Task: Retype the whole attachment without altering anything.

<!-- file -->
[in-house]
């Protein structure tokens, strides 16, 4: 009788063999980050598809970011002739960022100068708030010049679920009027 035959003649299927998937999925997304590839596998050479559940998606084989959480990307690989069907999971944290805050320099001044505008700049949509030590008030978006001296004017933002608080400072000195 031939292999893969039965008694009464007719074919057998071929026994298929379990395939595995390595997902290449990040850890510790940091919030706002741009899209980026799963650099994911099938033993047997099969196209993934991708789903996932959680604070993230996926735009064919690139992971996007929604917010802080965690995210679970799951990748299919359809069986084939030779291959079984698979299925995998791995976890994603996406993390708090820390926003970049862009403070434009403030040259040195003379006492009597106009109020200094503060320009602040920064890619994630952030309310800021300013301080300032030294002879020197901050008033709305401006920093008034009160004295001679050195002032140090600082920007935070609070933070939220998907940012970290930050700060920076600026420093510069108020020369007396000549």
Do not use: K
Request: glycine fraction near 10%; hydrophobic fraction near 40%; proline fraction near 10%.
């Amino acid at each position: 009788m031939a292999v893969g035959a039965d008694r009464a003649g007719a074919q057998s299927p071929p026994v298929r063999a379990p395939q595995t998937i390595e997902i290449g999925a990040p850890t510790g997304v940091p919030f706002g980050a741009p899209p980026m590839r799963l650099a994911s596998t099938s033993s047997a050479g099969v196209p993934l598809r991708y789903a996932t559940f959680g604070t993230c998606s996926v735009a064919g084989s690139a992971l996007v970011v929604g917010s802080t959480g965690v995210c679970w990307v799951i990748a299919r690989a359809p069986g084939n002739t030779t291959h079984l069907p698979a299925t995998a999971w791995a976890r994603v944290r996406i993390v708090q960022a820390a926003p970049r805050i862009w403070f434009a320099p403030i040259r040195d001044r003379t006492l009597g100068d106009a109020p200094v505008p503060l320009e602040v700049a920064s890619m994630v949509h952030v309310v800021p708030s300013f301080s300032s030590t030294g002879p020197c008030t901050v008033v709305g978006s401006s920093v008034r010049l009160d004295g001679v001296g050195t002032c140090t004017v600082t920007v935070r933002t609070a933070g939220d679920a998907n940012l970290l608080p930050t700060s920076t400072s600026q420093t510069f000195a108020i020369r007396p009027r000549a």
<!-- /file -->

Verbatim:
[in-house]
């Protein structure tokens, strides 16, 4: 009788063999980050598809970011002739960022100068708030010049679920009027 035959003649299927998937999925997304590839596998050479559940998606084989959480990307690989069907999971944290805050320099001044505008700049949509030590008030978006001296004017933002608080400072000195 031939292999893969039965008694009464007719074919057998071929026994298929379990395939595995390595997902290449990040850890510790940091919030706002741009899209980026799963650099994911099938033993047997099969196209993934991708789903996932959680604070993230996926735009064919690139992971996007929604917010802080965690995210679970799951990748299919359809069986084939030779291959079984698979299925995998791995976890994603996406993390708090820390926003970049862009403070434009403030040259040195003379006492009597106009109020200094503060320009602040920064890619994630952030309310800021300013301080300032030294002879020197901050008033709305401006920093008034009160004295001679050195002032140090600082920007935070609070933070939220998907940012970290930050700060920076600026420093510069108020020369007396000549």
Do not use: K
Request: glycine fraction near 10%; hydrophobic fraction near 40%; proline fraction near 10%.
């Amino acid at each position: 009788m031939a292999v893969g035959a039965d008694r009464a003649g007719a074919q057998s299927p071929p026994v298929r063999a379990p395939q595995t998937i390595e997902i290449g999925a990040p850890t510790g997304v940091p919030f706002g980050a741009p899209p980026m590839r799963l650099a994911s596998t099938s033993s047997a050479g099969v196209p993934l598809r991708y789903a996932t559940f959680g604070t993230c998606s996926v735009a064919g084989s690139a992971l996007v970011v929604g917010s802080t959480g965690v995210c679970w990307v799951i990748a299919r690989a359809p069986g084939n002739t030779t291959h079984l069907p698979a299925t995998a999971w791995a976890r994603v944290r996406i993390v708090q960022a820390a926003p970049r805050i862009w403070f434009a320099p403030i040259r040195d001044r003379t006492l009597g100068d106009a109020p200094v505008p503060l320009e602040v700049a920064s890619m994630v949509h952030v309310v800021p708030s300013f301080s300032s030590t030294g002879p020197c008030t901050v008033v709305g978006s401006s920093v008034r010049l009160d004295g001679v001296g050195t002032c140090t004017v600082t920007v935070r933002t609070a933070g939220d679920a998907n940012l970290l608080p930050t700060s920076t400072s600026q420093t510069f000195a108020i020369r007396p009027r000549a």